Air Force confirms it received a second mystery bid for GPS 3
WASHINGTON — The Air Force on Wednesday awarded Lockheed Martin a $1.3 billion contract for the first two satellites — space vehicles 11 and 12 — of the new GPS 3 version, known as GPS 3F.
This follows a Sept. 14 announcement that the Air Force intends to acquire 22 GPS 3F satellites from Lockheed Martin under a $7.2 billion fixed-price deal.
One interesting tidbit of news in the contract announcement is that Lockheed Martin was not the only bidder. “This award is the result of a competitive acquisition with one solicitation mailed and one proposal received,” said a Defense Department news release.
It is not clear who that second mystery bidder might be. The companies that had been expected to challenge Lockheed Martin for the GPS 3 award, Boeing and Northrop Grumman, confirmed in April that they did not submit proposals.
The issue came up last week at the Air Force Association’s annual symposium during a media roundtable with Air Force Assistant Secretary for Acquisitions Will Roper. Asked to comment about the lack of competition in the GPS program, Roper said the Air Force did not consider the deal with Lockheed a “sole-source” award.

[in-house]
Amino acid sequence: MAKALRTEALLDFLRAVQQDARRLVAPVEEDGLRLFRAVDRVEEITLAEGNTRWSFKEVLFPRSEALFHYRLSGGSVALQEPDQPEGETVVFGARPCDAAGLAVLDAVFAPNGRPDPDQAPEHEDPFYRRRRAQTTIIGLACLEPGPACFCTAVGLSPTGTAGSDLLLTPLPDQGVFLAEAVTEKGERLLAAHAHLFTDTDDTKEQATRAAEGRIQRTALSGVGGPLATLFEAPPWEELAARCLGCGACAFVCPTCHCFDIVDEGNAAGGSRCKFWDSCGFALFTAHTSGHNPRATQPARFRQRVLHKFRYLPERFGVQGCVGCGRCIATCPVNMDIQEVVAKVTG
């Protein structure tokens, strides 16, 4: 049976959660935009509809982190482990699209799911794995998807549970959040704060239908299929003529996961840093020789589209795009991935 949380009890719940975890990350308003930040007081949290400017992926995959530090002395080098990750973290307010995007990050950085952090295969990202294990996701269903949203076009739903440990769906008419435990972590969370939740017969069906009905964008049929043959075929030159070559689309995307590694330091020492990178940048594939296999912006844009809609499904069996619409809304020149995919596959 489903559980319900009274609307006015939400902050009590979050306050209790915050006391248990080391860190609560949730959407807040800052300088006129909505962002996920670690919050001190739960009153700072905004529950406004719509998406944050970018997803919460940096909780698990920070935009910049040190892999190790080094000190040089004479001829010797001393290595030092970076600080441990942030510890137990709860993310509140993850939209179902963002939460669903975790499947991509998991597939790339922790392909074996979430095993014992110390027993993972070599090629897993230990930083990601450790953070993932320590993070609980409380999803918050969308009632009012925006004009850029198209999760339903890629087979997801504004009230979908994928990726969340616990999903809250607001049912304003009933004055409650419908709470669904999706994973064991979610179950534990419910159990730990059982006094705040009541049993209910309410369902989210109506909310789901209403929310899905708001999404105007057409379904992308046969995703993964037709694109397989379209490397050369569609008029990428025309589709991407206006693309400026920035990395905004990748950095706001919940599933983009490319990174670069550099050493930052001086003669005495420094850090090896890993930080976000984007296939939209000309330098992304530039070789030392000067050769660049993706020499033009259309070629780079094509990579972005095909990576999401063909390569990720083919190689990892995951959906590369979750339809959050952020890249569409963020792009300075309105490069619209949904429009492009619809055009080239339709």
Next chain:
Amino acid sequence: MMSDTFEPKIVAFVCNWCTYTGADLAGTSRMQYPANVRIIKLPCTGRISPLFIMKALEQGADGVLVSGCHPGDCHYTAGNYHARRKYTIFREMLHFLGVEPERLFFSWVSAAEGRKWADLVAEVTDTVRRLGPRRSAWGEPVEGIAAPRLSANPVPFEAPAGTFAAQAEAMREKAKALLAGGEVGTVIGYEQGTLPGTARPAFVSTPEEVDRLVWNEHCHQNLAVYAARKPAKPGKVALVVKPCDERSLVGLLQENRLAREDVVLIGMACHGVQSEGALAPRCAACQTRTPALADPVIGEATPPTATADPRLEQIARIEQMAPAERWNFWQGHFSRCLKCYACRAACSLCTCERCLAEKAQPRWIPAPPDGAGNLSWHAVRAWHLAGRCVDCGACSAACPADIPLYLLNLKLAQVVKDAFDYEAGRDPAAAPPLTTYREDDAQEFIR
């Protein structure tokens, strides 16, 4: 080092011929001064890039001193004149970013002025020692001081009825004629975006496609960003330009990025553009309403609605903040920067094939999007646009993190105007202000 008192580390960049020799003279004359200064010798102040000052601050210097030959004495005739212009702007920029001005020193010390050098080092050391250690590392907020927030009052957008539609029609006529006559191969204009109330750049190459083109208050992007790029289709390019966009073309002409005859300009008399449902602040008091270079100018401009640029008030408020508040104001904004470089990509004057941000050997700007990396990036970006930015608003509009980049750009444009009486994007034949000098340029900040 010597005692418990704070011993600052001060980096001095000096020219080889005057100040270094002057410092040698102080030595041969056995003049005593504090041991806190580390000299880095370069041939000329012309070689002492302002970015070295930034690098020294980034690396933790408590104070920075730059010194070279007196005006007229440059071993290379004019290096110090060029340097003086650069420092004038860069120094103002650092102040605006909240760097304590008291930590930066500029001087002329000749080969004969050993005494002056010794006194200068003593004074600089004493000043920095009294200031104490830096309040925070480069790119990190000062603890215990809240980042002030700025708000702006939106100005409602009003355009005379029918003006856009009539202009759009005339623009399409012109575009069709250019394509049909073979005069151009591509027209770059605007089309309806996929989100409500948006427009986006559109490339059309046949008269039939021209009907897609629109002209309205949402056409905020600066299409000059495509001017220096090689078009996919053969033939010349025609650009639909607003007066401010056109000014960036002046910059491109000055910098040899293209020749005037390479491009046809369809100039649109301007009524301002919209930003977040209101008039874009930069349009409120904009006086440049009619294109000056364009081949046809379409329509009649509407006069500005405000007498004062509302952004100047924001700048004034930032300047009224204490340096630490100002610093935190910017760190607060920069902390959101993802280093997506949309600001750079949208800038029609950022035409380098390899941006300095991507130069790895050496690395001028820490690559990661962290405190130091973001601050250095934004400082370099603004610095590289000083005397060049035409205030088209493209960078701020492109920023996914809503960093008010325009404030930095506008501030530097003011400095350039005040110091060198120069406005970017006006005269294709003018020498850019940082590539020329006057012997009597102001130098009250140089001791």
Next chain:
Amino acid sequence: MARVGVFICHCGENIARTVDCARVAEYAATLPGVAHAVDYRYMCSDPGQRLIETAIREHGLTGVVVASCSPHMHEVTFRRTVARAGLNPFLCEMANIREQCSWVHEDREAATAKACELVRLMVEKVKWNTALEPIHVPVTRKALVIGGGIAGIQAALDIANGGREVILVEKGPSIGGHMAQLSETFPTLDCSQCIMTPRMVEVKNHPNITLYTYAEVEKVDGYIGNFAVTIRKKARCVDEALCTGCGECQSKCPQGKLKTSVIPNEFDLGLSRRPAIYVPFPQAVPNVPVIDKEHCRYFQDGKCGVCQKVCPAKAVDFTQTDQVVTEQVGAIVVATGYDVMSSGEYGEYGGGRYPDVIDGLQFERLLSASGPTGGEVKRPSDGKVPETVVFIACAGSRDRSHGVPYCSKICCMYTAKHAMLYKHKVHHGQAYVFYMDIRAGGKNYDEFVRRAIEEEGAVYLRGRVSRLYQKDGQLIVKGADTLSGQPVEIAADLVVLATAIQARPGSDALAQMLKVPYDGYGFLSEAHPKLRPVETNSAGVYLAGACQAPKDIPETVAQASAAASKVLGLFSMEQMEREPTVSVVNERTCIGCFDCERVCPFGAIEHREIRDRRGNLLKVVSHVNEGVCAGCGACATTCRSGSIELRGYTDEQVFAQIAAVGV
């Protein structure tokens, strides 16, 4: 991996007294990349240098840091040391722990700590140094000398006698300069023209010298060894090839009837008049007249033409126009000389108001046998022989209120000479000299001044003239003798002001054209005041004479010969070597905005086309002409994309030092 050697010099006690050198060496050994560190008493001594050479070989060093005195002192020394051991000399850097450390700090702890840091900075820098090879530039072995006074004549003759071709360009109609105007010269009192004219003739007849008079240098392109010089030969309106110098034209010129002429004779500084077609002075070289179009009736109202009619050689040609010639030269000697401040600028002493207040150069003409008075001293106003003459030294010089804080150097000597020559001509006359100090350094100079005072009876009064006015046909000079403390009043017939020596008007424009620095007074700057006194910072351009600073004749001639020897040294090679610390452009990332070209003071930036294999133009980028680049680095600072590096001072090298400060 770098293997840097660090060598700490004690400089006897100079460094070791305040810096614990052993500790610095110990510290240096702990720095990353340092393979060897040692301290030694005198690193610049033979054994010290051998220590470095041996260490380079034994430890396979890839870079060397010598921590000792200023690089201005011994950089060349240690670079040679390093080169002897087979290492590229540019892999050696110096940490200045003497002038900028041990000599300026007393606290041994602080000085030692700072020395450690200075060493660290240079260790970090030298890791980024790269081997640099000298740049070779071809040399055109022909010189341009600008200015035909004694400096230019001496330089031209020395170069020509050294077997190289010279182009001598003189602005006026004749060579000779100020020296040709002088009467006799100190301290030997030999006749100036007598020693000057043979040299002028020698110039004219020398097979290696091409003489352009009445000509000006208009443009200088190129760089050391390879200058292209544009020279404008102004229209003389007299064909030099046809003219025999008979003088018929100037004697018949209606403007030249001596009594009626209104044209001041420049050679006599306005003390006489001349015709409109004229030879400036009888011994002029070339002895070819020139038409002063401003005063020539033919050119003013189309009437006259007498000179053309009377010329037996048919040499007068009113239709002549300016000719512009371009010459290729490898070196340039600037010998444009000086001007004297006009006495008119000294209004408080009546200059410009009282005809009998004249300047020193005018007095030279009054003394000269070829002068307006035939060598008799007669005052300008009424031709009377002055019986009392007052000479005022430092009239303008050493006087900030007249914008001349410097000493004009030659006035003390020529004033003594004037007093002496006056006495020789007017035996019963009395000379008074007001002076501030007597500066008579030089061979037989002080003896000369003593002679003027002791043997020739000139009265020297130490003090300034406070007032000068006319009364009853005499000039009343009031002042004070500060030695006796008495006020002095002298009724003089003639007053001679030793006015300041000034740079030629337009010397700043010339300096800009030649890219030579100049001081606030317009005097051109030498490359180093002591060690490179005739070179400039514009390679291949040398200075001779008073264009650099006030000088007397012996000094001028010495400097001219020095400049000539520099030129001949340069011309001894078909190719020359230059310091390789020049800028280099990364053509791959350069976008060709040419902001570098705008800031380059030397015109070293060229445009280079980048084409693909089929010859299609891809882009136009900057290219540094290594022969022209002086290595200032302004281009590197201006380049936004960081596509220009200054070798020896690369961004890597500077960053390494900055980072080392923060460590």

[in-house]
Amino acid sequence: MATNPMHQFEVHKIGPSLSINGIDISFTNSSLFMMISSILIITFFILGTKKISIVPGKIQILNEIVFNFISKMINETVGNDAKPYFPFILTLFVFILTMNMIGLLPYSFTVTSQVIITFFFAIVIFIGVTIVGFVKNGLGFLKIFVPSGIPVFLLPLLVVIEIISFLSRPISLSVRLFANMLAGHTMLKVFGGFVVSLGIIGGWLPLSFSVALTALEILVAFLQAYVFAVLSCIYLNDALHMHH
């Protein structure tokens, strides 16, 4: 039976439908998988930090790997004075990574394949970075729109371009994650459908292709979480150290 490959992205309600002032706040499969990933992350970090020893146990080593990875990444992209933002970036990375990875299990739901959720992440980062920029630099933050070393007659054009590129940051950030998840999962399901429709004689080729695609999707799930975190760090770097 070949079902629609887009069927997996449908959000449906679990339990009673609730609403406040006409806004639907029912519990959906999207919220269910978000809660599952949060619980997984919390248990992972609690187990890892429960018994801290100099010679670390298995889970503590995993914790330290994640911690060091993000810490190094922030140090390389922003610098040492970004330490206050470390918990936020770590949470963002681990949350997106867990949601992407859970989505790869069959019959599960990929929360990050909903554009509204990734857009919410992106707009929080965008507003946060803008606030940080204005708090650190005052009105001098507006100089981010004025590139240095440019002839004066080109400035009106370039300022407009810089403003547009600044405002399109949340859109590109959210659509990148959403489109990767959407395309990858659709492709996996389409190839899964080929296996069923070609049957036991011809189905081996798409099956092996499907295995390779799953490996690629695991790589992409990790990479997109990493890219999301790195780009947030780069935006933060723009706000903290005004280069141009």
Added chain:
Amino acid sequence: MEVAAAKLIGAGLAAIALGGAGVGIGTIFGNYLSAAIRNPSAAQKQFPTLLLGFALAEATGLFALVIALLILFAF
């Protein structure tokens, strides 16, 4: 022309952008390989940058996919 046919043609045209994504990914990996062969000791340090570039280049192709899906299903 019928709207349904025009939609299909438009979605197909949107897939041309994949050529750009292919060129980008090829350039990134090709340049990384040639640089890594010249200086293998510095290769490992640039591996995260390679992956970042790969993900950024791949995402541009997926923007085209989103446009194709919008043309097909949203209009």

But he would not reveal the identify of the second competitor that “mailed” a solicitation. “We don’t talk about how many bidders,” Roper said. The Air Force is satisfied that the $7.2 billion deal with Lockheed, he said, gives the government “economies of scale and efficiency.”
The contract was structured with options to buy up to 22 satellites. The price includes satellite manufacturing, space vehicle storage, and launch and on-orbit support. The work would be completed by Aug. 31, 2027. By signing the first contract before Sept. 30, the Air Force is able to obligate $10 million in research, development, test and evaluation funds from its fiscal year 2018 budget. The $1.3 billion contract includes non-recurring engineering, space vehicle test bed and simulators, as well as production of vehicles 11 and 12.
Lockheed Martin vice president Kay Sears told reporters last week that the new GPS 3F is a “brand new” satellite design and not a “carbon copy” of the GPS 3 that the company is manufacturing for the Air Force under a 2008 contract for 10 satellites. The new version has a “fully digital payload, and some added resiliency features,” Sears said.
Six GPS 3 satellites today are in various stages of manufacturing and delivery, said Sears. The first is scheduled to launch Dec. 15, with the second to follow in 2019. The four satellites that have not been manufactured yet will move through assembly and testing faster, she said. “It’s about as good a production line as we can get. “